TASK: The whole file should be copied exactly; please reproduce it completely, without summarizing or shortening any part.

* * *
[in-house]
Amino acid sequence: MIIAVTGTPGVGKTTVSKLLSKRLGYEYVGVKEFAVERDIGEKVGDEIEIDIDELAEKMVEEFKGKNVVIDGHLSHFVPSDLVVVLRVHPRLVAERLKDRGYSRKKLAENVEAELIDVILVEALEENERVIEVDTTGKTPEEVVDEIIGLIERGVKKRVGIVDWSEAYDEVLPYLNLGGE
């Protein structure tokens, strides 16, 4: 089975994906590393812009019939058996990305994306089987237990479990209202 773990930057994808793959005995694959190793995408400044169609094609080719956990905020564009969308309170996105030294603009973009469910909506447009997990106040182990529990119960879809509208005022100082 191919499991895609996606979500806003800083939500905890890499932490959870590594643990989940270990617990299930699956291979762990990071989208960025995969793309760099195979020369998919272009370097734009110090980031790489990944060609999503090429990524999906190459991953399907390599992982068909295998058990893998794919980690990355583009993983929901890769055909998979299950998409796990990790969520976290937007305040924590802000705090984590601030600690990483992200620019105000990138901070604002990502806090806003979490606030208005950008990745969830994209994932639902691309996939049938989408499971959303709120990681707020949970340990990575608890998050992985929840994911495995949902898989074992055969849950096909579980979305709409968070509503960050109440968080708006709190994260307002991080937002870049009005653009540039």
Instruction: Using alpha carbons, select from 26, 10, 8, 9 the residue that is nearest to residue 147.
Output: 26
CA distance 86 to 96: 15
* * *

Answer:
[in-house]
Amino acid sequence: MIIAVTGTPGVGKTTVSKLLSKRLGYEYVGVKEFAVERDIGEKVGDEIEIDIDELAEKMVEEFKGKNVVIDGHLSHFVPSDLVVVLRVHPRLVAERLKDRGYSRKKLAENVEAELIDVILVEALEENERVIEVDTTGKTPEEVVDEIIGLIERGVKKRVGIVDWSEAYDEVLPYLNLGGE
């Protein structure tokens, strides 16, 4: 089975994906590393812009019939058996990305994306089987237990479990209202 773990930057994808793959005995694959190793995408400044169609094609080719956990905020564009969308309170996105030294603009973009469910909506447009997990106040182990529990119960879809509208005022100082 191919499991895609996606979500806003800083939500905890890499932490959870590594643990989940270990617990299930699956291979762990990071989208960025995969793309760099195979020369998919272009370097734009110090980031790489990944060609999503090429990524999906190459991953399907390599992982068909295998058990893998794919980690990355583009993983929901890769055909998979299950998409796990990790969520976290937007305040924590802000705090984590601030600690990483992200620019105000990138901070604002990502806090806003979490606030208005950008990745969830994209994932639902691309996939049938989408499971959303709120990681707020949970340990990575608890998050992985929840994911495995949902898989074992055969849950096909579980979305709409968070509503960050109440968080708006709190994260307002991080937002870049009005653009540039």
Instruction: Using alpha carbons, select from 26, 10, 8, 9 the residue that is nearest to residue 147.
Output: 26
CA distance 86 to 96: 15